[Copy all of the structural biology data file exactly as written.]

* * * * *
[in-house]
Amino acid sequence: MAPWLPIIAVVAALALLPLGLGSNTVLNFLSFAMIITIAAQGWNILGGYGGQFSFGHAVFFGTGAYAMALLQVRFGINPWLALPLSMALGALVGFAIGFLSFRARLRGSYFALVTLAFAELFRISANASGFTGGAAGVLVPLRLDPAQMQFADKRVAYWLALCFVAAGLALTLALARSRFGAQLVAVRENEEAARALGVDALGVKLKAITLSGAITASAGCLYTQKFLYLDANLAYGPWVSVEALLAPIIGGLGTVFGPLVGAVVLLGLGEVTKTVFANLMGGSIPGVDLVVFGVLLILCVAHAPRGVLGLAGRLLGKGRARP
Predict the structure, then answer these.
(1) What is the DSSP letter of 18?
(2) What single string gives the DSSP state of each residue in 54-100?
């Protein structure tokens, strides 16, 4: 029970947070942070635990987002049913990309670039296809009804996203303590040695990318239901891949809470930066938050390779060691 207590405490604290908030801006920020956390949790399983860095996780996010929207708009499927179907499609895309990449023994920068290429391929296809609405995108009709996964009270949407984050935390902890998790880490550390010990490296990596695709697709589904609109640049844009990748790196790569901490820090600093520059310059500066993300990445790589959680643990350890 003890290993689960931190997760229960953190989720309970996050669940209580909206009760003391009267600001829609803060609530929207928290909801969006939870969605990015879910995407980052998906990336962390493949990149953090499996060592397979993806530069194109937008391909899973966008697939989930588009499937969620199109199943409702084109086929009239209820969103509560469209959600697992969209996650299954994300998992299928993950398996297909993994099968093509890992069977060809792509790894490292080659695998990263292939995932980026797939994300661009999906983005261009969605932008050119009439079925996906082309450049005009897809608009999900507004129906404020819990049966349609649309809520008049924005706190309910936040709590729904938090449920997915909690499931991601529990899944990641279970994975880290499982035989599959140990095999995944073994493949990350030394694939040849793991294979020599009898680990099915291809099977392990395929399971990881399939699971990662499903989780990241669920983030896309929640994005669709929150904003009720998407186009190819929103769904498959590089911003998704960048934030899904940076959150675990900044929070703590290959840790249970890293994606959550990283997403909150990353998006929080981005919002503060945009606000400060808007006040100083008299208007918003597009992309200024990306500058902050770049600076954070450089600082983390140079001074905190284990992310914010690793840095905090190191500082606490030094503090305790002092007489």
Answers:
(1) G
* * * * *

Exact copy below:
[in-house]
Amino acid sequence: MAPWLPIIAVVAALALLPLGLGSNTVLNFLSFAMIITIAAQGWNILGGYGGQFSFGHAVFFGTGAYAMALLQVRFGINPWLALPLSMALGALVGFAIGFLSFRARLRGSYFALVTLAFAELFRISANASGFTGGAAGVLVPLRLDPAQMQFADKRVAYWLALCFVAAGLALTLALARSRFGAQLVAVRENEEAARALGVDALGVKLKAITLSGAITASAGCLYTQKFLYLDANLAYGPWVSVEALLAPIIGGLGTVFGPLVGAVVLLGLGEVTKTVFANLMGGSIPGVDLVVFGVLLILCVAHAPRGVLGLAGRLLGKGRARP
Predict the structure, then answer these.
(1) What is the DSSP letter of 18?
(2) What single string gives the DSSP state of each residue in 54-100?
């Protein structure tokens, strides 16, 4: 029970947070942070635990987002049913990309670039296809009804996203303590040695990318239901891949809470930066938050390779060691 207590405490604290908030801006920020956390949790399983860095996780996010929207708009499927179907499609895309990449023994920068290429391929296809609405995108009709996964009270949407984050935390902890998790880490550390010990490296990596695709697709589904609109640049844009990748790196790569901490820090600093520059310059500066993300990445790589959680643990350890 003890290993689960931190997760229960953190989720309970996050669940209580909206009760003391009267600001829609803060609530929207928290909801969006939870969605990015879910995407980052998906990336962390493949990149953090499996060592397979993806530069194109937008391909899973966008697939989930588009499937969620199109199943409702084109086929009239209820969103509560469209959600697992969209996650299954994300998992299928993950398996297909993994099968093509890992069977060809792509790894490292080659695998990263292939995932980026797939994300661009999906983005261009969605932008050119009439079925996906082309450049005009897809608009999900507004129906404020819990049966349609649309809520008049924005706190309910936040709590729904938090449920997915909690499931991601529990899944990641279970994975880290499982035989599959140990095999995944073994493949990350030394694939040849793991294979020599009898680990099915291809099977392990395929399971990881399939699971990662499903989780990241669920983030896309929640994005669709929150904003009720998407186009190819929103769904498959590089911003998704960048934030899904940076959150675990900044929070703590290959840790249970890293994606959550990283997403909150990353998006929080981005919002503060945009606000400060808007006040100083008299208007918003597009992309200024990306500058902050770049600076954070450089600082983390140079001074905190284990992310914010690793840095905090190191500082606490030094503090305790002092007489």
Answers:
(1) G